Why we should rotate our bodies in freestyle and backstroke

Courtesy of Gary Hall Sr., 10-time World Record Holder, 3-time Olympian, 1976 Olympic Games US Flagbearer and The Race Club co-founder.

All of the elite swimmers of the world rotate their bodies along the long axis, the axis that their body is moving down the pool, while swimming freestyle and backstroke. They don’t just rotate a little bit. They rotate a lot. The question is, why?

Frontal Drag – Does It Matter

It is commonly believed by both coaches and swimmers that the reason for rotating the body is to reduce frontal drag; that the body has a lower drag coefficient on its side than it does on its stomach. Although I am all for reducing frontal drag, I do not believe that this is the reason that we rotate. I do not believe that the drag coefficient of the human body is significantly different in the water on its side than it is on its stomach. If it were, we would be kicking faster times on our sides…but we don’t.

Core Strength

The truth is that it takes a lot of core strength and work to rotate our bodies from one side to the other while moving down the pool. So if it is not to reduce drag, why then? I believe that there are two compelling reasons why we rotate our bodies on these two strokes. The first reason is a biomechanical one and the second is related to laws of motion or propulsion.

Laws of Motion or Propulsion

If I were to pin your shoulders to the wall in the gym and bring the pulley machine over, you could pull a certain amount of weight downward, using essentially the same pulling motion as you would in the water. If I unpinned your shoulders and allowed you to rotate your body inward toward the pulley machine and you duplicated that same pulling motion with the same elbow bend, I can guarantee that you will be able to pull more weight downward. The reason is that when you rotate in, your big back muscles, particularly the latissimus dorsi muscle, gets into the act. When your shoulders were pinned, that big muscle was sitting on the sidelines, unable to offer much help. By rotating our bodies in the water, we gain a biomechanical advantage of power on the pull.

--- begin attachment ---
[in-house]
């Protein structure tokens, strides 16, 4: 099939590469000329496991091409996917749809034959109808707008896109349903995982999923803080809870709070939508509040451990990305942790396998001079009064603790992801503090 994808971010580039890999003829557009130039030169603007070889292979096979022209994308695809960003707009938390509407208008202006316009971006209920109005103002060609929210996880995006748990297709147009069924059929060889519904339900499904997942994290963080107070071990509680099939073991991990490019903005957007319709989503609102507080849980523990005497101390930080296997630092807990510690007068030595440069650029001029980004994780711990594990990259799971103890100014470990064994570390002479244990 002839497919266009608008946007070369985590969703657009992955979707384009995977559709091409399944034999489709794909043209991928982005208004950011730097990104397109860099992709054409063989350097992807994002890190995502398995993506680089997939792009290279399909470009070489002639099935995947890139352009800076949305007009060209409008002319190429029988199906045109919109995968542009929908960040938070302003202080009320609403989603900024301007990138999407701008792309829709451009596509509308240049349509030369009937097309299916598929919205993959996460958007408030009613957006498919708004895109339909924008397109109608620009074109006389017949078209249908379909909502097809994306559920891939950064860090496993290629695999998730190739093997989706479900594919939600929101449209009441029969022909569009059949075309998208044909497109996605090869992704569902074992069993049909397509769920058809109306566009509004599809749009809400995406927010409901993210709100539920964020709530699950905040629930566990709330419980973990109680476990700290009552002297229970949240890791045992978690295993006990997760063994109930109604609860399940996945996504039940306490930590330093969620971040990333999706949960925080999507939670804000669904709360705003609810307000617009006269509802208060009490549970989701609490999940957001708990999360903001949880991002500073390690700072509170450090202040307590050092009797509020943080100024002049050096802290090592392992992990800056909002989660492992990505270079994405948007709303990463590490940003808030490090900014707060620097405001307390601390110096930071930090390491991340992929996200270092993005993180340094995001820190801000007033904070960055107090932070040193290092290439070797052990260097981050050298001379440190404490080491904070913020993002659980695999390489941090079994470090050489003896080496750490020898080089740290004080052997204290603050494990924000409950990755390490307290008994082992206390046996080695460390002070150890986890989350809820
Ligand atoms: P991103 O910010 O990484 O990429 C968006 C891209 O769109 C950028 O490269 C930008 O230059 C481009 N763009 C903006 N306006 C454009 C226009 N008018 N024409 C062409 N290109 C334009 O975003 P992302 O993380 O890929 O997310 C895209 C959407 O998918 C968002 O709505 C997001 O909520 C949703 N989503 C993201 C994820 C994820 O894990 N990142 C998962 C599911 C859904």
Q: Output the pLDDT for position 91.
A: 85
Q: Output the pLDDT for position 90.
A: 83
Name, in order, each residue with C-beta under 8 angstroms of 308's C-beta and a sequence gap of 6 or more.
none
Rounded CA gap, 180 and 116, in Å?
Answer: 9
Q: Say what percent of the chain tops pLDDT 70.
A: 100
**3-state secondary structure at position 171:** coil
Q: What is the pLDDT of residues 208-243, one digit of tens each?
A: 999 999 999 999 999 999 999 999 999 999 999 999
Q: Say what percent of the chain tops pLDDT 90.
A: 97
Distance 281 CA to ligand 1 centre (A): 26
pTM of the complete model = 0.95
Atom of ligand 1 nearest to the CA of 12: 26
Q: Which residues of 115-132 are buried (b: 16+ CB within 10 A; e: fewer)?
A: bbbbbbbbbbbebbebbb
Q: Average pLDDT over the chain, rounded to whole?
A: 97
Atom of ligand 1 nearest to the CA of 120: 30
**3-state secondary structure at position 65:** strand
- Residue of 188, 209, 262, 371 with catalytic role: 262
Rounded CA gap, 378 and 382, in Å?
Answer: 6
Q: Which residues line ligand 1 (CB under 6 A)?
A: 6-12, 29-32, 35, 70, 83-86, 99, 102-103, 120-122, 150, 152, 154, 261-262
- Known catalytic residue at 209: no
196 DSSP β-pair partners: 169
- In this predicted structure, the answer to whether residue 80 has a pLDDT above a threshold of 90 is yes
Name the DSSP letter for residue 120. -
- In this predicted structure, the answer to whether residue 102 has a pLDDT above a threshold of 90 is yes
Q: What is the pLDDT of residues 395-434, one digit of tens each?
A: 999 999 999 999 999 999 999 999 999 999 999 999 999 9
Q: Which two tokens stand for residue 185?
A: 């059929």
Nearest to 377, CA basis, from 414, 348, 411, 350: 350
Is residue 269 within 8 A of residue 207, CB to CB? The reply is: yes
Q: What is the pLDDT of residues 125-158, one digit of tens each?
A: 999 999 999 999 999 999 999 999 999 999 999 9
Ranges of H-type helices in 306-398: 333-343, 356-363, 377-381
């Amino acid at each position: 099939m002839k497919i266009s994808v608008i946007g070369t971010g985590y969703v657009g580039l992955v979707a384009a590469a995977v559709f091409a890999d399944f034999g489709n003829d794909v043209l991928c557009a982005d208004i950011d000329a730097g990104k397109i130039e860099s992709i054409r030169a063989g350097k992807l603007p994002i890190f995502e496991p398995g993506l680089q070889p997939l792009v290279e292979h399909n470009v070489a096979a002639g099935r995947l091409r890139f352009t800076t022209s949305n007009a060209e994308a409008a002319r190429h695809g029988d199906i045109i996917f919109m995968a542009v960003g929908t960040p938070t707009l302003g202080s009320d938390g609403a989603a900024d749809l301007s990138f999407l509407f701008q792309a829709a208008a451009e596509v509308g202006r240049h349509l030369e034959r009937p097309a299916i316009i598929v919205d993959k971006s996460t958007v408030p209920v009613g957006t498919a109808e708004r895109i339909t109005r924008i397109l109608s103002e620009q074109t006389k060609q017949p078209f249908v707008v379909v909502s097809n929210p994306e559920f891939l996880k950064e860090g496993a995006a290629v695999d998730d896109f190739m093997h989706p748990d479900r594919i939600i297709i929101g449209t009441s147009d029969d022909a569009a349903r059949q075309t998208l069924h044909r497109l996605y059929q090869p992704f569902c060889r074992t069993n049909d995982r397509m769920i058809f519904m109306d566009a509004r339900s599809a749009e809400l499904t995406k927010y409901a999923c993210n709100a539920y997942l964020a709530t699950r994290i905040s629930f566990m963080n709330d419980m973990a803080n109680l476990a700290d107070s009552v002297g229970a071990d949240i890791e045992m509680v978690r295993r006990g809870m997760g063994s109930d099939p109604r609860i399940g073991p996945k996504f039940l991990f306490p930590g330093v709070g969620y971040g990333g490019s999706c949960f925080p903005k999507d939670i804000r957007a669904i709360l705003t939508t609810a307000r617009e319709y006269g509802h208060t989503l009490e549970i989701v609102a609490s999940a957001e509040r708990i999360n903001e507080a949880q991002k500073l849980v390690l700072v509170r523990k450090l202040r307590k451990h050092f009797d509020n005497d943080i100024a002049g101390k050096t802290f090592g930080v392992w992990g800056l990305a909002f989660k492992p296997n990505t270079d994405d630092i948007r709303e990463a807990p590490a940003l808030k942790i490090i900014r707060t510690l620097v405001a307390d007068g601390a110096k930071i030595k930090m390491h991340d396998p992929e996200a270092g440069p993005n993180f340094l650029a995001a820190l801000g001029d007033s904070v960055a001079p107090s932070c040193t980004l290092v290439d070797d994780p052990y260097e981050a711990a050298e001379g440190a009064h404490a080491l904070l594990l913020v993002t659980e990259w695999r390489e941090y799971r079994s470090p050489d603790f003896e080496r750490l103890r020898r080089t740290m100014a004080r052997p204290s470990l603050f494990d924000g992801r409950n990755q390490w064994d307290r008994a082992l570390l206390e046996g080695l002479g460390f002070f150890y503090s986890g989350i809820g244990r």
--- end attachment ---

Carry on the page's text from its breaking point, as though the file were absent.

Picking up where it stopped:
Coupling – What Is It

The second reason we rotate our bodies is a little harder to understand, but it is just as important as the first. I call this second phenomenon coupling. The act of rotating our bodies from one side to the other has zero direct propulsive effect on our motion down the pool. Yet when this motion, which creates energy of its own, is coupled with the propulsive force generated by our pulling arm/hand, the two forces occurring together result in a stronger pulling force than if we were simply pulling alone, without the rotation. One can consider the relationship of these two motions synergistic.

The Coupling Effect

A good example of this coupling effect, and one that is easier to visualize, occurs with relay take-offs. With the correct start, the arms are swinging fast in reverse direction at full length at the precise moment we push off the starting block with our feet. The swinging of the arms alone has no effect of getting us off the block or down the pool, but when coupled this motion with the push off the block, it helps make the push more forceful, resulting in a better start than if we did not swing the arms.

Body Rotation – One Of The Coupling Motions

Body rotation is one of the coupling motions we use in swimming (arm recovery is another) in order to go faster. The bigger we are (more mass) and the faster we can rotate, the more energy we create to couple with the pull, and the faster we swim. When you add the biomechanical advantage that we gain from the rotation, those are two pretty important reasons to make the extra effort to rotate the body. At The Race Club we spend a lot of time teaching swimmers how to rotate the body effectively in freestyle and backstroke.